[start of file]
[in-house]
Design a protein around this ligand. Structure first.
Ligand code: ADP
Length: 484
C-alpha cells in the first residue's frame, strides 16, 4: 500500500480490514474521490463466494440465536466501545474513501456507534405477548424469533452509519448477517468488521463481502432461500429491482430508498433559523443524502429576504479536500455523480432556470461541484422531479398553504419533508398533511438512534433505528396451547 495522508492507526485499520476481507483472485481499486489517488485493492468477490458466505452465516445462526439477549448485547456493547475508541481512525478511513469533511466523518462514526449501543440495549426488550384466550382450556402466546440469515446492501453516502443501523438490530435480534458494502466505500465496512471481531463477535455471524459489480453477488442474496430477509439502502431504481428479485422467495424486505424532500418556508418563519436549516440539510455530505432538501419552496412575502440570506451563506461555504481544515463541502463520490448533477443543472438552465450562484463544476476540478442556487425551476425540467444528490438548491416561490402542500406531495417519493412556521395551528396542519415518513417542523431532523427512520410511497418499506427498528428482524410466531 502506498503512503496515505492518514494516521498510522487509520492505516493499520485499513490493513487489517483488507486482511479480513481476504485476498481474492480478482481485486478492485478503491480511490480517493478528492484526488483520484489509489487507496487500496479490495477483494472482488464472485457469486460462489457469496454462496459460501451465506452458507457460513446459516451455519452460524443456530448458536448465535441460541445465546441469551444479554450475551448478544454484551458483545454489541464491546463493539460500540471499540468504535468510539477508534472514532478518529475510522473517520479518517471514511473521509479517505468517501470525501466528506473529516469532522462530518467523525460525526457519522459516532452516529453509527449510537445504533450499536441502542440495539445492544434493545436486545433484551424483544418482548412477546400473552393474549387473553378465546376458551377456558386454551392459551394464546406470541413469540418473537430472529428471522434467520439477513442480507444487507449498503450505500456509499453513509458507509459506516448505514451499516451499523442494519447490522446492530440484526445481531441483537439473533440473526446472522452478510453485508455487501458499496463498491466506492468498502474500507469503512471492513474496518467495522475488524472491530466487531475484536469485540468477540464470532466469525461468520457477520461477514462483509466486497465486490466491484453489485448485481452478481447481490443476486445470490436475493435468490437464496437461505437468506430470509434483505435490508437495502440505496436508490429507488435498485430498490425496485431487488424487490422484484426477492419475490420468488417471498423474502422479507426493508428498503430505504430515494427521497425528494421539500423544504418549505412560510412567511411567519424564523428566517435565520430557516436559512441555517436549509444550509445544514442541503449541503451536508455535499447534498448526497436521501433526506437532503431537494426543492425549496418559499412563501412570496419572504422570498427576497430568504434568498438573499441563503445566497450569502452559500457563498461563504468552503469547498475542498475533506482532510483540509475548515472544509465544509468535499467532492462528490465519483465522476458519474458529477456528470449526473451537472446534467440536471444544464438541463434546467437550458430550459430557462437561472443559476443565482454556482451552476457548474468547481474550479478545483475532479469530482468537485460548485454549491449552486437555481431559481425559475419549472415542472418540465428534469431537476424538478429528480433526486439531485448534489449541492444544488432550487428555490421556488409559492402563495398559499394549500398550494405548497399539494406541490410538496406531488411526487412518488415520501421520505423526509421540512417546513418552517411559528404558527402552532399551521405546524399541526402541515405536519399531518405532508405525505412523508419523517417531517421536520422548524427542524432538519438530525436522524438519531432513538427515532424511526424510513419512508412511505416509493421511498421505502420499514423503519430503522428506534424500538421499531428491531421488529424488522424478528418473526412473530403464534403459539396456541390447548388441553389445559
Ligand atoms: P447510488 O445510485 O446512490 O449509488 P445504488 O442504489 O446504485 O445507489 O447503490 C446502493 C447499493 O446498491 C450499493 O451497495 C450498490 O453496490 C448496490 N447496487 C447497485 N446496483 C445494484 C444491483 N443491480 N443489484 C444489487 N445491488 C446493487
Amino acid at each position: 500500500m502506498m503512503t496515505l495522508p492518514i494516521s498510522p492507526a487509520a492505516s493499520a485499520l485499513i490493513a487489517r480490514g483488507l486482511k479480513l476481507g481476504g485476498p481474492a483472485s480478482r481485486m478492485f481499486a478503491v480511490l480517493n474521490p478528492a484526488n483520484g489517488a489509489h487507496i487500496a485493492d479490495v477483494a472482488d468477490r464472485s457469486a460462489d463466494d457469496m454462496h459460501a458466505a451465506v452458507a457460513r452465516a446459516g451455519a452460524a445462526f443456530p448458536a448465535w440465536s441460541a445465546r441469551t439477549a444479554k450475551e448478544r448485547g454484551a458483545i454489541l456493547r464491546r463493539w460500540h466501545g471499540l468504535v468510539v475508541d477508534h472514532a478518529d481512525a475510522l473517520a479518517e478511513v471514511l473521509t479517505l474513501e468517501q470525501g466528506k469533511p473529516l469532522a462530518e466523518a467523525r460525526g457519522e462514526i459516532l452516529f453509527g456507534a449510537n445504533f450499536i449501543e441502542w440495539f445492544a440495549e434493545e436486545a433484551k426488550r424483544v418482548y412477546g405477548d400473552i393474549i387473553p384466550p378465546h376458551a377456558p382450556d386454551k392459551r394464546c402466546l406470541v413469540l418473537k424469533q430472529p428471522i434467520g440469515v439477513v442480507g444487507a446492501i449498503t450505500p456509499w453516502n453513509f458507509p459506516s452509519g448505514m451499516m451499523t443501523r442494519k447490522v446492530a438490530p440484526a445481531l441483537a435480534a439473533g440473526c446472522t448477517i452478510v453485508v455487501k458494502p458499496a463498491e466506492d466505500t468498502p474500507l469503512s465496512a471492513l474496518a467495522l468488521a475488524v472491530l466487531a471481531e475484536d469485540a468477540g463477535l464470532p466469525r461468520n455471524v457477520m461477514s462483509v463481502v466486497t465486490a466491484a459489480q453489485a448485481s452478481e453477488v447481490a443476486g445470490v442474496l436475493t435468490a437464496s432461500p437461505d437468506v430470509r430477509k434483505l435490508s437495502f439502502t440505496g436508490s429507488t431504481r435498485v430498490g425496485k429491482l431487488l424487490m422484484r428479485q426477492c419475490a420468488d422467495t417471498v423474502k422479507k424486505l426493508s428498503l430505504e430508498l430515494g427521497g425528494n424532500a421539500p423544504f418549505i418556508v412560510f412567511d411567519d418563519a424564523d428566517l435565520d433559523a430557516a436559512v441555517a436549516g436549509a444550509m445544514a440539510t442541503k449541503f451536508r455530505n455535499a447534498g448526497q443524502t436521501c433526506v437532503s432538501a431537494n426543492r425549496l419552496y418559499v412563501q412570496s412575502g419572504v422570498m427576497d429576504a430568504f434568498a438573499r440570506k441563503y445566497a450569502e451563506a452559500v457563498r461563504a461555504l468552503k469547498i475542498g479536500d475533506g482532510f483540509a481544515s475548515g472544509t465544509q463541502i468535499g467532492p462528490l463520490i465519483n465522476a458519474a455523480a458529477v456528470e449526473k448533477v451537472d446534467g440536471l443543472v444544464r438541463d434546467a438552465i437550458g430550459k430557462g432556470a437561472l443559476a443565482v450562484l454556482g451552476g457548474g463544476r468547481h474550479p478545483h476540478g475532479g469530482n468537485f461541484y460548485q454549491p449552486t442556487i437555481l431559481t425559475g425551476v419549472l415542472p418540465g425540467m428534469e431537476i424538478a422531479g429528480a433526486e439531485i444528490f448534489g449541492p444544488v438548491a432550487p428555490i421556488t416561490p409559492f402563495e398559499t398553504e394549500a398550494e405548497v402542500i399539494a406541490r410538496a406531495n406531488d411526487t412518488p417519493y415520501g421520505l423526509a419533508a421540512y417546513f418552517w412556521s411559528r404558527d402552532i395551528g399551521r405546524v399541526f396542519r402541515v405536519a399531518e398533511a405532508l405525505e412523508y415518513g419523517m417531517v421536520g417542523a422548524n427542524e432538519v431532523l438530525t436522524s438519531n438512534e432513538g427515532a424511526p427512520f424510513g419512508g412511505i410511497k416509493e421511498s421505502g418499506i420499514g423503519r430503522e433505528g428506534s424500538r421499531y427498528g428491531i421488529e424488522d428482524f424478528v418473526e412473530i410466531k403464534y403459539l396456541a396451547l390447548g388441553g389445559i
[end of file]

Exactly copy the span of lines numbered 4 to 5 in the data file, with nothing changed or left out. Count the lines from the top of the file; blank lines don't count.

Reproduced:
Length: 484
C-alpha cells in the first residue's frame, strides 16, 4: 500500500480490514474521490463466494440465536466501545474513501456507534405477548424469533452509519448477517468488521463481502432461500429491482430508498433559523443524502429576504479536500455523480432556470461541484422531479398553504419533508398533511438512534433505528396451547 495522508492507526485499520476481507483472485481499486489517488485493492468477490458466505452465516445462526439477549448485547456493547475508541481512525478511513469533511466523518462514526449501543440495549426488550384466550382450556402466546440469515446492501453516502443501523438490530435480534458494502466505500465496512471481531463477535455471524459489480453477488442474496430477509439502502431504481428479485422467495424486505424532500418556508418563519436549516440539510455530505432538501419552496412575502440570506451563506461555504481544515463541502463520490448533477443543472438552465450562484463544476476540478442556487425551476425540467444528490438548491416561490402542500406531495417519493412556521395551528396542519415518513417542523431532523427512520410511497418499506427498528428482524410466531 502506498503512503496515505492518514494516521498510522487509520492505516493499520485499513490493513487489517483488507486482511479480513481476504485476498481474492480478482481485486478492485478503491480511490480517493478528492484526488483520484489509489487507496487500496479490495477483494472482488464472485457469486460462489457469496454462496459460501451465506452458507457460513446459516451455519452460524443456530448458536448465535441460541445465546441469551444479554450475551448478544454484551458483545454489541464491546463493539460500540471499540468504535468510539477508534472514532478518529475510522473517520479518517471514511473521509479517505468517501470525501466528506473529516469532522462530518467523525460525526457519522459516532452516529453509527449510537445504533450499536441502542440495539445492544434493545436486545433484551424483544418482548412477546400473552393474549387473553378465546376458551377456558386454551392459551394464546406470541413469540418473537430472529428471522434467520439477513442480507444487507449498503450505500456509499453513509458507509459506516448505514451499516451499523442494519447490522446492530440484526445481531441483537439473533440473526446472522452478510453485508455487501458499496463498491466506492468498502474500507469503512471492513474496518467495522475488524472491530466487531475484536469485540468477540464470532466469525461468520457477520461477514462483509466486497465486490466491484453489485448485481452478481447481490443476486445470490436475493435468490437464496437461505437468506430470509434483505435490508437495502440505496436508490429507488435498485430498490425496485431487488424487490422484484426477492419475490420468488417471498423474502422479507426493508428498503430505504430515494427521497425528494421539500423544504418549505412560510412567511411567519424564523428566517435565520430557516436559512441555517436549509444550509445544514442541503449541503451536508455535499447534498448526497436521501433526506437532503431537494426543492425549496418559499412563501412570496419572504422570498427576497430568504434568498438573499441563503445566497450569502452559500457563498461563504468552503469547498475542498475533506482532510483540509475548515472544509465544509468535499467532492462528490465519483465522476458519474458529477456528470449526473451537472446534467440536471444544464438541463434546467437550458430550459430557462437561472443559476443565482454556482451552476457548474468547481474550479478545483475532479469530482468537485460548485454549491449552486437555481431559481425559475419549472415542472418540465428534469431537476424538478429528480433526486439531485448534489449541492444544488432550487428555490421556488409559492402563495398559499394549500398550494405548497399539494406541490410538496406531488411526487412518488415520501421520505423526509421540512417546513418552517411559528404558527402552532399551521405546524399541526402541515405536519399531518405532508405525505412523508419523517417531517421536520422548524427542524432538519438530525436522524438519531432513538427515532424511526424510513419512508412511505416509493421511498421505502420499514423503519430503522428506534424500538421499531428491531421488529424488522424478528418473526412473530403464534403459539396456541390447548388441553389445559